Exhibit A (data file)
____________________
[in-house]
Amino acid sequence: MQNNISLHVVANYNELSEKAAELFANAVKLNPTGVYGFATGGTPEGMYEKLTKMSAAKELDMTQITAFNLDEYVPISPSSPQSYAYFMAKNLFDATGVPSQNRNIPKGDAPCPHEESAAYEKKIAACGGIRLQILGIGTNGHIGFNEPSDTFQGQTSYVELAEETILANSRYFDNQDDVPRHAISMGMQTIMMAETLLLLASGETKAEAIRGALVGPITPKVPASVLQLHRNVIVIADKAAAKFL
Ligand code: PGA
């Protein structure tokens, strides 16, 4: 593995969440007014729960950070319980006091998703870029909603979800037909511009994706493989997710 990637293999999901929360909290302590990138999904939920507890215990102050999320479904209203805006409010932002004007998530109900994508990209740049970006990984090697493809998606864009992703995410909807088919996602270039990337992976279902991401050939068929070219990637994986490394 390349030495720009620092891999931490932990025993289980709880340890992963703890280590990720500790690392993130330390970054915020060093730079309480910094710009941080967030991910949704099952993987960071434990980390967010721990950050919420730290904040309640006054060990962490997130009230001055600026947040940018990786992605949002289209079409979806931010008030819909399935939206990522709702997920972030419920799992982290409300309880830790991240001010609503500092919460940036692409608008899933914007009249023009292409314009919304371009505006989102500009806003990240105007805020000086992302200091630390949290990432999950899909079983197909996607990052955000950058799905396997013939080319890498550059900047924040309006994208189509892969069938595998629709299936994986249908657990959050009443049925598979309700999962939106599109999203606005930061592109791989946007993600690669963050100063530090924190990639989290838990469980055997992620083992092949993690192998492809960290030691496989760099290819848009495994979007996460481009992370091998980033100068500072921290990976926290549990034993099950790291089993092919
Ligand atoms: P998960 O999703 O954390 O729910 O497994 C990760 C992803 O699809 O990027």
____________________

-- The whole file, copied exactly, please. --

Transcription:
[in-house]
Amino acid sequence: MQNNISLHVVANYNELSEKAAELFANAVKLNPTGVYGFATGGTPEGMYEKLTKMSAAKELDMTQITAFNLDEYVPISPSSPQSYAYFMAKNLFDATGVPSQNRNIPKGDAPCPHEESAAYEKKIAACGGIRLQILGIGTNGHIGFNEPSDTFQGQTSYVELAEETILANSRYFDNQDDVPRHAISMGMQTIMMAETLLLLASGETKAEAIRGALVGPITPKVPASVLQLHRNVIVIADKAAAKFL
Ligand code: PGA
């Protein structure tokens, strides 16, 4: 593995969440007014729960950070319980006091998703870029909603979800037909511009994706493989997710 990637293999999901929360909290302590990138999904939920507890215990102050999320479904209203805006409010932002004007998530109900994508990209740049970006990984090697493809998606864009992703995410909807088919996602270039990337992976279902991401050939068929070219990637994986490394 390349030495720009620092891999931490932990025993289980709880340890992963703890280590990720500790690392993130330390970054915020060093730079309480910094710009941080967030991910949704099952993987960071434990980390967010721990950050919420730290904040309640006054060990962490997130009230001055600026947040940018990786992605949002289209079409979806931010008030819909399935939206990522709702997920972030419920799992982290409300309880830790991240001010609503500092919460940036692409608008899933914007009249023009292409314009919304371009505006989102500009806003990240105007805020000086992302200091630390949290990432999950899909079983197909996607990052955000950058799905396997013939080319890498550059900047924040309006994208189509892969069938595998629709299936994986249908657990959050009443049925598979309700999962939106599109999203606005930061592109791989946007993600690669963050100063530090924190990639989290838990469980055997992620083992092949993690192998492809960290030691496989760099290819848009495994979007996460481009992370091998980033100068500072921290990976926290549990034993099950790291089993092919
Ligand atoms: P998960 O999703 O954390 O729910 O497994 C990760 C992803 O699809 O990027």